Invitation to Dr. Jesús A. Ballesteros' Seminar, March 23, 11am, KN132
You are invited to Dr. Jesús A. Ballesteros' Seminar, March 23, 2023, from 11am - 12pm, KN132.
Jesús A. Ballesteros, PhD, is an Assistant Professor in the Department of Biology-Kean University
Out of oceans and into caves: Paleobiological transitions and paradigm shifts in arachnid evolution
Arachnids constitute a diverse and ancient lineage of (mostly) terrestrial organisms. Through their long evolutionary history, these arthropods have transitioned from their ancestral aquatic environment to a fully terrestrial mode of life. As another example of such dynamic ecological transitions, some arachnid species have abandoned life on the surface to live in permanent darkness inside caves. These ecological transitions resulted in the development of adaptive traits, such as air breathing organs and the loss of eyes respectively, prompting a growing array of evolutionary questions: How often these transitions happen? What are the genetic-developmental mechanisms behind those adaptations? What is the role of genome duplication events in the development of adaptive traits? In this talk, I will present the contributions of my research program in solving these mysteries by 1) challenging a century-old paradigm of arachnid terrestrialization, 2) developing bioinformatic tools and establishing phylogenomic surveys for poorly studied invertebrate taxa (e.g. sea-spiders) and (3) combining genomic data, evo-devo and biodiversity discovery in the study of speciation in caves. Finally, I will discuss the consequences for comparative biology and genomics of an emerging paradigm shift in arachnid systematics.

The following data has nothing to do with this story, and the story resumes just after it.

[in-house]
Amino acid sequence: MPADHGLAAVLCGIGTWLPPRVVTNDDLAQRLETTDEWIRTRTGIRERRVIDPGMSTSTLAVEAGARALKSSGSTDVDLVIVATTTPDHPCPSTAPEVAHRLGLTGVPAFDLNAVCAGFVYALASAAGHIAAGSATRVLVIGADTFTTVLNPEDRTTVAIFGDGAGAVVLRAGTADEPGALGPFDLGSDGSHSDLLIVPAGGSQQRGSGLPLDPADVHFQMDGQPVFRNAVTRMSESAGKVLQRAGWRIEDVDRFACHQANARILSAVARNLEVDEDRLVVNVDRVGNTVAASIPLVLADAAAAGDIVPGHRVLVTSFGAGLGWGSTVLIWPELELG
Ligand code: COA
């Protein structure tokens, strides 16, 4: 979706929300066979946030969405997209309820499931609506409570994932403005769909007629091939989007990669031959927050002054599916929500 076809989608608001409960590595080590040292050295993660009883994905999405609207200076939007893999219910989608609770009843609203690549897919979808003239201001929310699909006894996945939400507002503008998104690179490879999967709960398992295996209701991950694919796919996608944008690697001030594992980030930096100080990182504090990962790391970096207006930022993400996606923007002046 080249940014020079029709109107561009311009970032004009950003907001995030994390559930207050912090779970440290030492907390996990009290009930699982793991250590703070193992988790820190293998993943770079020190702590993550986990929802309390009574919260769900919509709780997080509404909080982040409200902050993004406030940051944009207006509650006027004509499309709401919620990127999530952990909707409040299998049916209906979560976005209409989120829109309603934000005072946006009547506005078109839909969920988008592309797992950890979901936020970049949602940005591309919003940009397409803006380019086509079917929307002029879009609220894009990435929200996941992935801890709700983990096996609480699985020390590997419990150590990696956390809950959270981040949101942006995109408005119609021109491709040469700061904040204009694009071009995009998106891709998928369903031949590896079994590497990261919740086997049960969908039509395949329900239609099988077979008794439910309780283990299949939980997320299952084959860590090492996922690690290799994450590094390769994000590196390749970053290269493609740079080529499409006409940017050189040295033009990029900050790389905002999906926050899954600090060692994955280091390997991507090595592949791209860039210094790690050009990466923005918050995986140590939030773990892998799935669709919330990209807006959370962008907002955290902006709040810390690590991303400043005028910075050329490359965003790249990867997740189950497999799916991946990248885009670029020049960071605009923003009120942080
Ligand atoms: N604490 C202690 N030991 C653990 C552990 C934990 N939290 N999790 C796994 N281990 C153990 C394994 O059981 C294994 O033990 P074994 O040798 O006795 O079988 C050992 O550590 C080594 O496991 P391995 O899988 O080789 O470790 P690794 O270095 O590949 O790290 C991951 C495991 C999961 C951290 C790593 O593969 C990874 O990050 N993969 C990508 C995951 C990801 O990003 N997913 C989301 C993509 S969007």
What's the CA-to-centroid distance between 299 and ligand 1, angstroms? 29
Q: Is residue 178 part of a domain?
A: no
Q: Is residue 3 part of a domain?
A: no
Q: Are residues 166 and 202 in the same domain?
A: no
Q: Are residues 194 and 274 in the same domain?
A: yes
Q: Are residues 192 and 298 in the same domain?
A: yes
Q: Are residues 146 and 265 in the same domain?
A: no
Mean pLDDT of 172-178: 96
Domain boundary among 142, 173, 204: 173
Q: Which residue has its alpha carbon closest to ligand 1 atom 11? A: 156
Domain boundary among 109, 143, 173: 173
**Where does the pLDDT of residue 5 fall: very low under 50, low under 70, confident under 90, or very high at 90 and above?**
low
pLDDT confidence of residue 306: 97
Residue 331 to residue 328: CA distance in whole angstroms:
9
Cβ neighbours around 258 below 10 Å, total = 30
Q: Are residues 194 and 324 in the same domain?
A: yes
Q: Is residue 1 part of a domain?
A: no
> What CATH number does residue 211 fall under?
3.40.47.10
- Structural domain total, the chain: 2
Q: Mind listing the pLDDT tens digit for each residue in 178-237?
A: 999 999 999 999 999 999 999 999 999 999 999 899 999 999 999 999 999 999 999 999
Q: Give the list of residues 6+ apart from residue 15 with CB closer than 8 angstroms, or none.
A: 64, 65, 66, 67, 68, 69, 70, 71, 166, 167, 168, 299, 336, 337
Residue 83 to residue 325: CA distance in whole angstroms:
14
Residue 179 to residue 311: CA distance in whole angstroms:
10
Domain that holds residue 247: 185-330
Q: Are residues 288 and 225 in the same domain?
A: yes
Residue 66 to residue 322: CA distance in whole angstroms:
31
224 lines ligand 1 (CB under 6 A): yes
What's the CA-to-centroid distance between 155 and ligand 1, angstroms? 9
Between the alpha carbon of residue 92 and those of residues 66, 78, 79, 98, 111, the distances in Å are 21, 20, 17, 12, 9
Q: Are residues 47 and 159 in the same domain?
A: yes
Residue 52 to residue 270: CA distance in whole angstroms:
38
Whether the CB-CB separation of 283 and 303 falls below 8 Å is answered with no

Jesús Ballesteros is currently an Assistant Professor at Kean University in New Jersey. He grew up in the southern state of Tabasco in Mexico and obtained his B.Sc. in Biology at the National Polytechnic Institute (IPN) in Mexico City. He completed his Masters degree in arachnid systematics at the National Autonomous University of Mexico (UNAM) and his PhD. in spider phylogenetics and computational biology at the George Washington University (Washington D.C.). He completed postdoctoral training in arthropod phylogenomics at the University of Wisconsin-Madison. Dr. Ballesteros' research investigates the relationships of chelicerate arthropods (arachnids, sea spiders, and horseshoe crabs), which are among the most recalcitrant problems in animal phylogeny. His research integrates cutting-edge approaches to natural history, such as taxonomy, fieldwork, and collections-based investigations.